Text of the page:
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US Urges Serbia, Slovenia to Diversify Energy Sources

  • Reuters

FILE - A gas pressure gauge of a main gas pipeline is shown in Russia.

FILE - A gas pressure gauge of a main gas pipeline is shown in Russia.

The United States has encouraged Serbia and EU-member Slovenia to diversify their energy sources away from Russian gas to make sure any potential disruptions will not hurt their economies, a senior U.S. official said Friday.

Wrapping up a tour of Slovenia, Serbia, Kosovo and Albania, Mary Burce Warlick, the Principal Deputy Assistant Secretary of State for Energy Resources, said she urged them to look at ways to strengthen their energy security by diversifying its sources.

Warlick said the United States believes energy security issues in Europe are very important and "really fundamental to national security issues more broadly."

Serbia, a candidate to join the European Union, relies almost exclusively on Russian gas supplies while Slovenia imports less than half of its gas from Russia while Albania and Kosovo, both staunch U.S. allies, import no gas from Russia.

"I sensed a real openness on the part of really all countries with whom we engaged to try to identify those solutions, partnering with Europe and us and many others to try to find a way to achieve some of those solutions," Warlick said.

Warlick, a former ambassador to Serbia, said the United States had been discussing energy diversification with a number of European countries that rely on Russian gas.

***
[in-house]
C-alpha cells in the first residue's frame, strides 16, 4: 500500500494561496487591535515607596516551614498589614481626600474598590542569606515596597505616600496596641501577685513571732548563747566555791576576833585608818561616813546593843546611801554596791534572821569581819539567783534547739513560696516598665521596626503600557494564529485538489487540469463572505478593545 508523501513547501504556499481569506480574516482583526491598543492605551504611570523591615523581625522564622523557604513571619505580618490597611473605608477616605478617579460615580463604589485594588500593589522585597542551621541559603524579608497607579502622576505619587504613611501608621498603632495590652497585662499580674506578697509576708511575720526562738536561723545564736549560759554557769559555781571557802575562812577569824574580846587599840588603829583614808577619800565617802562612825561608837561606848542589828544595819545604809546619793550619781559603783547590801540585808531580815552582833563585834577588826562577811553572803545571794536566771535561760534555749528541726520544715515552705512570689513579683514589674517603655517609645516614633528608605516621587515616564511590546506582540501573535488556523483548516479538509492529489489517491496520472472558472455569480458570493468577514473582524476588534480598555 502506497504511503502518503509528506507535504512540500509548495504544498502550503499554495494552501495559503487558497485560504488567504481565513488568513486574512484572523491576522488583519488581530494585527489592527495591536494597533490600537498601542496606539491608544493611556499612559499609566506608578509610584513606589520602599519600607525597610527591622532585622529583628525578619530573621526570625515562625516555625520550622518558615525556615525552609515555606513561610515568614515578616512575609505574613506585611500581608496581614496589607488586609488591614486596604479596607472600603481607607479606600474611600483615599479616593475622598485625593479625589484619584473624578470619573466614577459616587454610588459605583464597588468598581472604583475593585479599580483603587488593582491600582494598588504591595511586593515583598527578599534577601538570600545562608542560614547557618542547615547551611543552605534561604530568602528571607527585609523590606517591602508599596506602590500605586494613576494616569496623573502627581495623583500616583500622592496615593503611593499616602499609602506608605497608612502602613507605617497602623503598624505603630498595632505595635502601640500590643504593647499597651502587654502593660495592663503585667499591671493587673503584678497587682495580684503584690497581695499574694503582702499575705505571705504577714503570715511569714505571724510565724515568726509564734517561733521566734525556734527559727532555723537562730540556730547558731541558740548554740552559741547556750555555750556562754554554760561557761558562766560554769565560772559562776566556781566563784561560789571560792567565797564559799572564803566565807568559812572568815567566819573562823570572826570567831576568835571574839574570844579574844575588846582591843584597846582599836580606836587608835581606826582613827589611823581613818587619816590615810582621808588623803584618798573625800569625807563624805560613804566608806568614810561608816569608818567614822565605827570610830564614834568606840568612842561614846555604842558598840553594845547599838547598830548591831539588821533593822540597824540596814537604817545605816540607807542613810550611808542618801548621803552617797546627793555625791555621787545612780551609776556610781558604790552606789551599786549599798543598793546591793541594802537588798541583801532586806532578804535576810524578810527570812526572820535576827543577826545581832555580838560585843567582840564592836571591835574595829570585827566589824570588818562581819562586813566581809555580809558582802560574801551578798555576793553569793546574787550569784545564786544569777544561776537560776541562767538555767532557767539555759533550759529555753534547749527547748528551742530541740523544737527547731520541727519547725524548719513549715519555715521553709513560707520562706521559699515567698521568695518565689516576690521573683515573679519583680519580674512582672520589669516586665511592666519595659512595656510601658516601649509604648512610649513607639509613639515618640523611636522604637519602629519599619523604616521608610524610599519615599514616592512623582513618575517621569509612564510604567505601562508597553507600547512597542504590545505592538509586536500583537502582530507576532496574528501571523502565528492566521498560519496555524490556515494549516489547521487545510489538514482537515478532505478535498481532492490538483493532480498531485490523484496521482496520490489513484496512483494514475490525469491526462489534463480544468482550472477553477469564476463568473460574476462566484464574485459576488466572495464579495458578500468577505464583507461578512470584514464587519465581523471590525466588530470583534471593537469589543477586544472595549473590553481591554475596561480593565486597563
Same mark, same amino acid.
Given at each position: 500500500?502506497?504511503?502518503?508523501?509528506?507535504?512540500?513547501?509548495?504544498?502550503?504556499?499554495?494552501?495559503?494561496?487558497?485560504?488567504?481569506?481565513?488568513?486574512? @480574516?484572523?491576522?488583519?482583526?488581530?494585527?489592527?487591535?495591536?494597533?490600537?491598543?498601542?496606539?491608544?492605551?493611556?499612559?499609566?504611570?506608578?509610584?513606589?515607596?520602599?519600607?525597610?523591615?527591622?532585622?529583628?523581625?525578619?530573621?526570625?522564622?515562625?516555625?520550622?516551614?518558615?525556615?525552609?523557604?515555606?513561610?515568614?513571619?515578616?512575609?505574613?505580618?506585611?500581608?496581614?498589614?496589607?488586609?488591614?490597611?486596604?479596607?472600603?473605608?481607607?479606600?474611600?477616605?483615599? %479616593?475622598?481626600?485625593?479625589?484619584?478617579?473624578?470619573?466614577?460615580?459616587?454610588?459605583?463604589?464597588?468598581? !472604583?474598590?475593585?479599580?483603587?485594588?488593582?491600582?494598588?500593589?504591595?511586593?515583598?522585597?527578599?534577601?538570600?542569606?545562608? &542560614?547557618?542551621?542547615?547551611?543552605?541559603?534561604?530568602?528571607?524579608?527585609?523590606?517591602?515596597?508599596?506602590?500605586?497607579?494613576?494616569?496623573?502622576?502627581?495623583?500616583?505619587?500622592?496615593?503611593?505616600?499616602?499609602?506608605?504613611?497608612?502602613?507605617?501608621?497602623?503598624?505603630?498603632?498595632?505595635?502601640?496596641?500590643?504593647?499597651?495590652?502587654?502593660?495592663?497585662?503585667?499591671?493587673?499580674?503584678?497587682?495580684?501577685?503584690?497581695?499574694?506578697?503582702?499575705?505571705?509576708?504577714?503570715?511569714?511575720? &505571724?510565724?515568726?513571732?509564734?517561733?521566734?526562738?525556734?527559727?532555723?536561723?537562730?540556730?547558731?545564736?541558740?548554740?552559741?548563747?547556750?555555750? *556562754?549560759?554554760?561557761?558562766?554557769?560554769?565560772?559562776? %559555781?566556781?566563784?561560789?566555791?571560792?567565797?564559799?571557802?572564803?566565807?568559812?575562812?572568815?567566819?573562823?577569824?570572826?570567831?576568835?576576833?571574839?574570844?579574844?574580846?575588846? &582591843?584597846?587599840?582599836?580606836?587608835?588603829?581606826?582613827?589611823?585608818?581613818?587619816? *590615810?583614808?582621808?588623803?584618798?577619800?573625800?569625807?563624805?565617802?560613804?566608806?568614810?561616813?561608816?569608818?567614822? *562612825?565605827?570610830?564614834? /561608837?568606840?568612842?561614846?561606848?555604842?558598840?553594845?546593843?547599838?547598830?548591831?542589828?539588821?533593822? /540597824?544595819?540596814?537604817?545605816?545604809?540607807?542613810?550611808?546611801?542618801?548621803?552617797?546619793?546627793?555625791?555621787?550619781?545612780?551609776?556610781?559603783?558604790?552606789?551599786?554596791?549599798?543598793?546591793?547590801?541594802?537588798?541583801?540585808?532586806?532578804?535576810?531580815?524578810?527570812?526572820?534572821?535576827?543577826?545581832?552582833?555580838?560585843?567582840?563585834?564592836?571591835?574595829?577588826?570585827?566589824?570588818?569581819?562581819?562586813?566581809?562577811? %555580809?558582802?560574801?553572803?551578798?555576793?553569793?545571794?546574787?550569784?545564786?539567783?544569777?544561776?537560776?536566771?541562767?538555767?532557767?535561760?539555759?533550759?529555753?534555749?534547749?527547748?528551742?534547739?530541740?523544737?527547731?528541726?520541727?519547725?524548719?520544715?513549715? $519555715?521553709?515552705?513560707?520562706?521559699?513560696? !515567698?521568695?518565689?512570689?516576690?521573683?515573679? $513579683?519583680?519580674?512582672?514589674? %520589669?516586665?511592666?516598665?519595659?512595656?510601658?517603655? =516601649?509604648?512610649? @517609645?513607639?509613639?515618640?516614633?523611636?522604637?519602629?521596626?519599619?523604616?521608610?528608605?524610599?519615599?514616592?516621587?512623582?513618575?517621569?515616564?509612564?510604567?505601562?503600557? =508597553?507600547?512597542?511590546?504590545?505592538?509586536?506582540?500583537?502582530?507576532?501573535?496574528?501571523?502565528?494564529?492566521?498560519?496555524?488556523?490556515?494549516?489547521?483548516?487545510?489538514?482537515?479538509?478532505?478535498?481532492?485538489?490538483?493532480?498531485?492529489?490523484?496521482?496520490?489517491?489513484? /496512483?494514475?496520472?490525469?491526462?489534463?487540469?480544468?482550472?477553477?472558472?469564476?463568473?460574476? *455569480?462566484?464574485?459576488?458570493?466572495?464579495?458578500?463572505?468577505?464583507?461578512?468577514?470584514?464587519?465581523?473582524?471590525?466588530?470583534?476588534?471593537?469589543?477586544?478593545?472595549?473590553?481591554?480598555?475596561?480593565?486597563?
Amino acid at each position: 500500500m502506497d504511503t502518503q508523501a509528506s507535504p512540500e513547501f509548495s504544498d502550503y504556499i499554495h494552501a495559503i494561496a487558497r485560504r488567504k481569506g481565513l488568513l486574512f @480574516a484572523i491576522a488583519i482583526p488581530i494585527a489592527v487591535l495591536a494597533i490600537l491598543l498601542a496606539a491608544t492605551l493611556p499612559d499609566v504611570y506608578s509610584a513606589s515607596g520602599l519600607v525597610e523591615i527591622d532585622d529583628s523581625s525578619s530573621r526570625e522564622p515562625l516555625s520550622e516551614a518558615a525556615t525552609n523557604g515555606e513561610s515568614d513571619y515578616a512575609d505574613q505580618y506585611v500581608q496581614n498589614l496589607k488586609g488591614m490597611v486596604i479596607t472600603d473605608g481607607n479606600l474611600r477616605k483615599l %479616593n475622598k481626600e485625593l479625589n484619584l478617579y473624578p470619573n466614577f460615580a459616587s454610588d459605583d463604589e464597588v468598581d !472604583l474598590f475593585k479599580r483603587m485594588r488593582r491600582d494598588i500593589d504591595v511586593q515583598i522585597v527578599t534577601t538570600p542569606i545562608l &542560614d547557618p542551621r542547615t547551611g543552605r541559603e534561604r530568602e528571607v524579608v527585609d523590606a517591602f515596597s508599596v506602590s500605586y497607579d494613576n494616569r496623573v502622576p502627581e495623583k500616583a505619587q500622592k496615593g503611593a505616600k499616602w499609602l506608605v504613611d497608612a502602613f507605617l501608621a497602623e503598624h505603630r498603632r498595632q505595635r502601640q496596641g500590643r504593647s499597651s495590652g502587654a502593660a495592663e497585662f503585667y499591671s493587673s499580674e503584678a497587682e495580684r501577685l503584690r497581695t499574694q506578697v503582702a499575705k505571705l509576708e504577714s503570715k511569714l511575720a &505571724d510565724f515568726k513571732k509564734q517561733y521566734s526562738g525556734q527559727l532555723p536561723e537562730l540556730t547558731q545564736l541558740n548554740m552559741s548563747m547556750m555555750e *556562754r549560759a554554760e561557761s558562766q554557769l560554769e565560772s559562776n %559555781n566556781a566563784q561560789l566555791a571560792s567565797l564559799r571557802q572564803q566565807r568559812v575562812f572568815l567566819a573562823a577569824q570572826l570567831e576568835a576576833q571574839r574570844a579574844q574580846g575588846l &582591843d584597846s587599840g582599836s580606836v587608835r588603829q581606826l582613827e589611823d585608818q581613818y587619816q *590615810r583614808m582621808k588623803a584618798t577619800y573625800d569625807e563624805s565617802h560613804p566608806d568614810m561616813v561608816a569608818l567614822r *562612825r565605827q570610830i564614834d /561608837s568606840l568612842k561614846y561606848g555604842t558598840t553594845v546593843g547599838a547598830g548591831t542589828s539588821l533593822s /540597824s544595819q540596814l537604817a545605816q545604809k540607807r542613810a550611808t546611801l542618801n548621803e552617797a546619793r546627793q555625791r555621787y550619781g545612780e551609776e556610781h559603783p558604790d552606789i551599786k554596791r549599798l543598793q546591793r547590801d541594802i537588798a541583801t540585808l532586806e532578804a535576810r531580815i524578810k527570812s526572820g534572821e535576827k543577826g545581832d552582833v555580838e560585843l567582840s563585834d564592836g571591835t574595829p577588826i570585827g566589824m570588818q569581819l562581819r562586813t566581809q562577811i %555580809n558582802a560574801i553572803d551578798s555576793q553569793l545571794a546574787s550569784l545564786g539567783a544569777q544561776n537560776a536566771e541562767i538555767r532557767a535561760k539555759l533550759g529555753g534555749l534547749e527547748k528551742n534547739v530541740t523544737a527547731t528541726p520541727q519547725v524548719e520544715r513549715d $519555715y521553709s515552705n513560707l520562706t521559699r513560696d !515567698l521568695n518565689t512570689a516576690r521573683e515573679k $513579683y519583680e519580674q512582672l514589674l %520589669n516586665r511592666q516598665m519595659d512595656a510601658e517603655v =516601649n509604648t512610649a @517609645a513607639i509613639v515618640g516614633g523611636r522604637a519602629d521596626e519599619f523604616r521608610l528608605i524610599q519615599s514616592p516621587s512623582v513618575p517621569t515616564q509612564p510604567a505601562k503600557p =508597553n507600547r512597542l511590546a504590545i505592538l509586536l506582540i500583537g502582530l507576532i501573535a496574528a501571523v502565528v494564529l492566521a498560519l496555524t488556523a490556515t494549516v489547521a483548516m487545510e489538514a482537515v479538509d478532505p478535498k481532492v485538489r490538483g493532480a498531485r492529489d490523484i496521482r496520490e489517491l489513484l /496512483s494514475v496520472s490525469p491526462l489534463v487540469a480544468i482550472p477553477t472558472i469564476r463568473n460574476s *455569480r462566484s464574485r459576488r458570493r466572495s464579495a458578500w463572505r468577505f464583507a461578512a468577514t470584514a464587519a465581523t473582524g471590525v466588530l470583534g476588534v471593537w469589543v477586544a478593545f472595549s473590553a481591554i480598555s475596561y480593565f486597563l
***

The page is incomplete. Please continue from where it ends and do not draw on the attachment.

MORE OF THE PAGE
The cutoff of Russian gas from Ukraine in 2009 drove home the importance of diversification in European capitals.

"Our approach has been not to say that Russian gas shouldn't remain as it does an important part of the energy equation in Europe, but simply for all countries to think a little bit again on how they position themselves to better diversify their energy mix," she told Reuters in an interview in Tirana.

The United States has suggested either new investment or connections with neighboring countries that will enable them to consider "developing a more diversified mix of gas on the one hand but also look to develop other resources," Warlick said.

They could tap into additional volumes of gas that might come online in 2020 when the TAP pipeline brings Azeri gas to Europe, as well as from increasing volumes of LNG thanks to LNG terminal projects in and around Europe, she said.

"I think the reform measures that have taken in many countries are going to pave the way for increased investment, including in the energy sector," Warlick added.